2007 BLEMF presents world-class performances and educational offerings
Monteverdiís Orfeo launches festival on May 18
FOR IMMEDIATE RELEASE
May 8, 2007
BLOOMINGTON, Ind. -- Now in its fourteenth year, the Bloomington Early Music Festival (BLEMF), an annual celebration of music from Medieval, Renaissance, Baroque and Classical times, will take place May 18-28 at a variety of venues in the Bloomington community, including two performance spaces on the Indiana University Bloomington campus.
The festival kicks off on May 18 with a performance of Monteverdi's Orfeo, one of the earliest works recognized as an opera. Fully staged, with orchestra, the BLEMF Opera production celebrates the work's 400th anniversary. Jonathan Michaelsen, chair of IU's Department of Theatre and Drama, is director, and Jacobs School alumnus Corey Jamason, renowned harpsichordist with the San Francisco Conservatory of Music, is conductor.
The Wells-Metz Theatre, Michaelsen said, was an ideal venue for the production of the "simple and passionate" opera, as it will allow the audience to be very close to the performers. He said the production represents wonderful three-way collaboration between IU's Department of Theatre and Drama, the Jacobs School of Music and BLEMF.
"We have two faculty designers -- one scenic and one lighting -- and a graduate costume student involved in the production," he said. "For me, it has been just wonderful to work with students from the school of music."
On May 19, Jacobs Professor of Music Stanley Ritchie, BLEMF's artist director and one of the world's leading performers of Baroque and Classical violin, will perform with BLEMF's resident ensemble Bloomington Baroque, which celebrates instrumentalists and singers who have studied at the Jacobs School's Early Music Institute (EMI).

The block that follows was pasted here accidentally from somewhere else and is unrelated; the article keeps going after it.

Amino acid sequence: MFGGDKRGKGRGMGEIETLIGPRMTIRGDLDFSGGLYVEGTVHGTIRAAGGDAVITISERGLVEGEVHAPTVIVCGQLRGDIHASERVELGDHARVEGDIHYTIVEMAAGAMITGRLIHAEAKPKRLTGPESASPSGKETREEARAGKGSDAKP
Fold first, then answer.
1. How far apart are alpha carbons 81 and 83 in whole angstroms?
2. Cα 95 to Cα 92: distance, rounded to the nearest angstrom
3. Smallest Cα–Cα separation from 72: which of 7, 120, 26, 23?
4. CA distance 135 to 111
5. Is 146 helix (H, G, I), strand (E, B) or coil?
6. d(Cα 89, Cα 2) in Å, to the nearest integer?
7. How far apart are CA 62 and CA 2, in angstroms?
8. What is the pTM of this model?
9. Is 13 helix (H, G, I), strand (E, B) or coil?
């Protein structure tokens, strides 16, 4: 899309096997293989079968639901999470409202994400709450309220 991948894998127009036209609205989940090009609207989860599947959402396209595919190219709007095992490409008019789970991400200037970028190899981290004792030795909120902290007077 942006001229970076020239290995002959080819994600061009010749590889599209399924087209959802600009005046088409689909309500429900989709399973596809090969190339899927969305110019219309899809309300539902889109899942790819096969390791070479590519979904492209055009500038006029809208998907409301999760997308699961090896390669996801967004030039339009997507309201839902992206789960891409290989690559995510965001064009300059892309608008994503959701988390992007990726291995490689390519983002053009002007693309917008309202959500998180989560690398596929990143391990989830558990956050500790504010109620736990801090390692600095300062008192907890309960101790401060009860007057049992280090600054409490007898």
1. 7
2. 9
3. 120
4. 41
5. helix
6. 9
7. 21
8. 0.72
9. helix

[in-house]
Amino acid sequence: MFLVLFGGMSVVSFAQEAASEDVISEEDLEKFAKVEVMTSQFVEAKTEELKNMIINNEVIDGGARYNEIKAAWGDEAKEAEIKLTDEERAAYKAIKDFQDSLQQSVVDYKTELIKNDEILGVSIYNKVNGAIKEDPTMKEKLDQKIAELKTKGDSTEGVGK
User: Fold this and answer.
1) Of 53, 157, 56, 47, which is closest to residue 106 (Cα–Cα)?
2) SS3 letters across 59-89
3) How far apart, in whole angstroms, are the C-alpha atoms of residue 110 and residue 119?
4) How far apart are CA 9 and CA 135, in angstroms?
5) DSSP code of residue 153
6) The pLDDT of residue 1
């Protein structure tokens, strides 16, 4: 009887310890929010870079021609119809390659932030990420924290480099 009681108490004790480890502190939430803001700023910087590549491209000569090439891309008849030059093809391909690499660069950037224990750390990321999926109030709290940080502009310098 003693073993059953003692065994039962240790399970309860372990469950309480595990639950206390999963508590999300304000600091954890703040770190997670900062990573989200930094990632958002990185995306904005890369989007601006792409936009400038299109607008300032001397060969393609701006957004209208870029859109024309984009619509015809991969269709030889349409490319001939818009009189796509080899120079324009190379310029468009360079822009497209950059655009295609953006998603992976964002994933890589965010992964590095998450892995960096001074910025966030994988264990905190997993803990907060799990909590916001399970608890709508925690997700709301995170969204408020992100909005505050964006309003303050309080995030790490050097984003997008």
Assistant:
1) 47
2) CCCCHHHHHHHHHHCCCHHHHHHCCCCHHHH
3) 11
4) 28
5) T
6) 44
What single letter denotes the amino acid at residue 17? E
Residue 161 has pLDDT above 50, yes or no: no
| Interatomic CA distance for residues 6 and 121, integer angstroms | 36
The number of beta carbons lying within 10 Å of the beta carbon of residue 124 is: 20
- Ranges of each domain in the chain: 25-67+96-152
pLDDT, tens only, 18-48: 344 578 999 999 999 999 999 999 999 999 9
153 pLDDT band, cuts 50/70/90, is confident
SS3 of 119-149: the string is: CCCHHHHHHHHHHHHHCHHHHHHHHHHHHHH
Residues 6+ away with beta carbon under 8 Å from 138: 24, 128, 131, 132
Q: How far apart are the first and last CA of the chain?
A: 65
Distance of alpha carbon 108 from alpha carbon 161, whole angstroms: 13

"Whereas the festival is produced independently of the university," said Ritchie, "there is a long-standing collaborative relationship between BLEMF and the EMI. BLEMF always seeks to involve EMI students, faculty and alumni as much as possible. Likewise, the Jacobs School of Music does what it can to help the festival by offering rehearsal and performance space and other in-kind support. For the early music faculty at Indiana University, BLEMF is very much an EMI outreach."
Ritchie also will direct the grand orchestral finale on May 27 at 7:30 p.m. in Auer Hall. The Festival Orchestra Concert will include concertos and symphonic renditions of a number of beloved works.
Luis Roncayolo, who holds a master's degree in the double bass from the Jacobs School and has been with BLEMF in various volunteer and administrative roles since its inception, was appointed as festival director this year. He says that education is at the heart of the "musical feast that is BLEMF."
"Education is one of BLEMF's prime goals -- our program presents many different styles of music, not just Baroque, and our performers this year are coming from as far away as Switzerland," says Roncayolo. "In addition to the perennial favorites, like the Bloomington Baroque Orchestra, this year we're thrilled to be presenting Orfeo with specialty instruments such as the cornetti (an early version of the trumpet), and Ensemble La Rota, a Medieval music quartet from Montreal that won the 2006 Early Music America Medieval/Renaissance music competition for North American artists."
Educational events for younger children will include musical activities at WonderLab and a music-focused story hour at the Monroe County Public Library on May 19. A musical drama about Vivaldi, appropriate for older elementary and middle school students, will be presented on May 26.
As the only festival of its kind in the Midwest, BLEMF serves the Bloomington community, the Midwest region and a growing number of music lovers from across the United States. The festival is produced by Early Music Associates, Inc.
For ticket information and a complete schedule of events, visit the festival Web site at http://www.blemf.org.